After a long hiatus, I heard it again on the Florence Hill Trail at Kaapschehoop last weekend: blister juice as the punctured blister squirted its clear liquid in all directions. Every sport has its own unique vernacular. Often this argot is used regionally whereas often it applies only to a coterie of friends. So it is with the Quo Vadis Hiking Club. This blog covers the transformation of Quo Vadis over a 25 year period from the first blush of innocent youth to a club of geriaterics.
In our youth – when I was 40 years old – a lot was left unstated. Instead it was the competitive male spirit which generated the signals and subtle unobtrusive signs. The six day 120 km Amatola Hike in 1989 epitomised that unspoken communication. Unfortunately Kurt was at the peak of his Comrades and Iron Man prowess while Mike Brown was not a laggard in the running stakes either. Having recently completed a marathon in Edinburgh, Scotland in a whisker over three hours, he certainly was no slough.
Main picture: Looking back to Kaapsehoop
On day 6, the challenge spontaneously erupted. With the towering Hogsback Peak ahead of us, the friendly rivalry between Mike and Kurt burst into a full scale challenge. Not a spoken word was uttered, not a signal given but both understood that the gauntlet had to be discarded. It was do or die, neither would capitulate and I would be the unwitting laggard. I clung to their heels the whole way impervious to howls of pain from my whole body. At one kay to go, I conceded defeat and slackened my pace.
Nobody had told Rob Spiers and Jaynee Levy – the designers of this trail – that there is a hiking design principle called Contour Paths. Every morning commenced with a precipitous climb usually to some distant beacon or mast and then it was down to the depths of a valley to view the descending water of a waterfall at close proximity at the bottom of its descent.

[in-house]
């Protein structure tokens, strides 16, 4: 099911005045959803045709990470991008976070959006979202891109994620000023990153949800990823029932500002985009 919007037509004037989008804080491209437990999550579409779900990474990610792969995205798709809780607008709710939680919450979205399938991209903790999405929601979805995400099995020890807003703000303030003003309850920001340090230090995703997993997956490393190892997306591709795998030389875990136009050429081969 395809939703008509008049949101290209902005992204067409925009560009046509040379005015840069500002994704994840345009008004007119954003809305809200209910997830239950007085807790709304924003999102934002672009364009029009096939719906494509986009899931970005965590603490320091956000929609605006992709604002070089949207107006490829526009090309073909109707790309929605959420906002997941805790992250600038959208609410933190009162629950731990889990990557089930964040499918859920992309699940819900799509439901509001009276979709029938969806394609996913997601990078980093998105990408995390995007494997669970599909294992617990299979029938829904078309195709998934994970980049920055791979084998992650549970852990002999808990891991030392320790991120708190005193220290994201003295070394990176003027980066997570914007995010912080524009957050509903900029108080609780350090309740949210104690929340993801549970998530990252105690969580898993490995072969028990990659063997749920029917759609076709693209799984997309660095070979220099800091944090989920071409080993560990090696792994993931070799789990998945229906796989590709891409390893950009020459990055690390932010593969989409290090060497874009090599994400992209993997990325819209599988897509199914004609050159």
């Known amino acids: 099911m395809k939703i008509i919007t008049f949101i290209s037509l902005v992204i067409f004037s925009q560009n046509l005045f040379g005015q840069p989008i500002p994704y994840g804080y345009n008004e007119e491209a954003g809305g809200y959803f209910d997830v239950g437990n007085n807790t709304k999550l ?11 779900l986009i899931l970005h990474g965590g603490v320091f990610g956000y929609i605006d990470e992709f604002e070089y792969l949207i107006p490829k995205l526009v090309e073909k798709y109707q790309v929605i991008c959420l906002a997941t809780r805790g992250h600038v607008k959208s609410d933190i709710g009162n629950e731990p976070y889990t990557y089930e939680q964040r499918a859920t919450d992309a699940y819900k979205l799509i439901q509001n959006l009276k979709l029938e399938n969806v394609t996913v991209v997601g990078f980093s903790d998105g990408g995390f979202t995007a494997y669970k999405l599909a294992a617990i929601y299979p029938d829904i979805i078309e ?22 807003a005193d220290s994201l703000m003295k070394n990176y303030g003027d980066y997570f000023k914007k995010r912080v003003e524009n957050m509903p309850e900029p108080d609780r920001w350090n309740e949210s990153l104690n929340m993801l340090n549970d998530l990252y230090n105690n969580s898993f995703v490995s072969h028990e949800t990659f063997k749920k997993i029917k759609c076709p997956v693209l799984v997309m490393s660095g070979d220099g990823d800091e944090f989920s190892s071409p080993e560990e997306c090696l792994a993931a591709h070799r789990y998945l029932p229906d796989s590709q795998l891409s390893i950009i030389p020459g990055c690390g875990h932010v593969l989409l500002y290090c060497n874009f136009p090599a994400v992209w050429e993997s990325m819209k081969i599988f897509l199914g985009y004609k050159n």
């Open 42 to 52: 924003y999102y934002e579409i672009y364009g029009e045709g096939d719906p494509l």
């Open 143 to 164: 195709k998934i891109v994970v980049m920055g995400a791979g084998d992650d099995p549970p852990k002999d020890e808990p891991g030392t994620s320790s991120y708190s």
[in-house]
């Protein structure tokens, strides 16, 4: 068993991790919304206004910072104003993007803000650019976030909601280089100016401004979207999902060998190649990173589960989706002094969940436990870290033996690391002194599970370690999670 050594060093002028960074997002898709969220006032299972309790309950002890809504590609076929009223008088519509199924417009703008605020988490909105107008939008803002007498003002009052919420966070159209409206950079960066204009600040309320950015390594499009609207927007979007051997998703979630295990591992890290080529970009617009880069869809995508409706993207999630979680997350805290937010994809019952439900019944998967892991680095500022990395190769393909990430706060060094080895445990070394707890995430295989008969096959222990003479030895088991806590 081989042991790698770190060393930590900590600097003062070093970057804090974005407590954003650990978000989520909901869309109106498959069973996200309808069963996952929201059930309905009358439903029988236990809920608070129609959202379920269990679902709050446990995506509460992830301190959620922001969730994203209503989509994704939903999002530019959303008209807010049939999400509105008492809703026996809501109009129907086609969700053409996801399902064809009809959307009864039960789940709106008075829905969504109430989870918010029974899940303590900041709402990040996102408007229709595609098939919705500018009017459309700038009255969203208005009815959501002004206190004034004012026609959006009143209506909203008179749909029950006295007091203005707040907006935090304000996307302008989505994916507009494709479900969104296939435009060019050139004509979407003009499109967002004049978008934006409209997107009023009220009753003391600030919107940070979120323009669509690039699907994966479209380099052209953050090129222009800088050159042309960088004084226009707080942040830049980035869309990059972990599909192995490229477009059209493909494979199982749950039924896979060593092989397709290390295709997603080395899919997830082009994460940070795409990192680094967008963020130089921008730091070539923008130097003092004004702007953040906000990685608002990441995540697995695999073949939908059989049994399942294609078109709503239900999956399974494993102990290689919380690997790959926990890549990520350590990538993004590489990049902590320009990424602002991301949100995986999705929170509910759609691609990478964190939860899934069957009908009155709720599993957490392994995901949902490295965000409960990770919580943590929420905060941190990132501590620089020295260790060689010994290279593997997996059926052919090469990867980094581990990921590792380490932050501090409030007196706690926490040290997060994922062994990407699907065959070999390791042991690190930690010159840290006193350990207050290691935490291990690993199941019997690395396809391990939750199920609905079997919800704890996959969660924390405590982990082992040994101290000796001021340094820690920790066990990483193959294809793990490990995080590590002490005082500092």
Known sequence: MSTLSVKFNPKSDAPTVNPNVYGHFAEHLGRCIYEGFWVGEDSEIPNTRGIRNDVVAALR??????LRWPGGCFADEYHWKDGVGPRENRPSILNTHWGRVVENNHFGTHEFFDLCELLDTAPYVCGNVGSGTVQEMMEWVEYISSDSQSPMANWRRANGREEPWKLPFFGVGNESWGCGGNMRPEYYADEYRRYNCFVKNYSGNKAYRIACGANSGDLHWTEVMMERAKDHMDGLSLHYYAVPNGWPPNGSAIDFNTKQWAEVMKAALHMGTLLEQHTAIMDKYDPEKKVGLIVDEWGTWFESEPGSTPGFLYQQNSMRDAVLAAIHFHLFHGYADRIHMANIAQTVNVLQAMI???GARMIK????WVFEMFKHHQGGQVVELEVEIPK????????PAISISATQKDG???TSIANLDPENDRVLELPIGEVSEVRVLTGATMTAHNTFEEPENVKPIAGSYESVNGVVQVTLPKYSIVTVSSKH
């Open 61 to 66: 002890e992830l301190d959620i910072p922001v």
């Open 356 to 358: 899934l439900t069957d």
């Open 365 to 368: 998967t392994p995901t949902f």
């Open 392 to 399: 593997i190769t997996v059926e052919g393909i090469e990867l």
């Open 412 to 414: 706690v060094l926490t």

It was on the Fish River Canyon in Namibia that it first happened. Instead of the natural male rivalry being unspoken, its manifestation became more overt. Due to the arduous terrain on day one, the distance traversed is almost way below the arithmetic average walking distance per day. This is not a reason to panic. Far from it. One factors this fact into the plan.
On morning of day two, I perceived that there was a great sense of urgency and haste to the packing in the morning. To retard their pace, I uwittingly proclaimed, “There is no rush!” To my utter astonishment, pandemonium ensued. Instead of slackening their frenetic speed, they accelerated their endeavours. Within five minutes everybody was packed and had departed from the camp site leaving me alone.
The same scenario played itself out the next morning too. Being the wily old fox that I am, on the following morning I adopted the opposite tactic. “Guys, we had better hurry otherwise the allotted distance today won’t be achieved!” The more likely parlance was a tad more brusque, like, “You lazy f***ers had better hurry up or else I will kick your *rses!”
Yet again, at the point, pandemonium broke out. Normally rational discreet grown men went into a wild unadulterated panic the like of which I will never witness again.
When I finally caught up with the hastily vanishing pack, in between gasps of air, I quizzed them why they were rushing as if chased by tigers. The answer that I received in response was that I had explicitly told them to do just that: to vacate the camp site as if it were malodorius. I countered that obvious train of thought by pointing out their illogical response to my statement on the prior two mornings.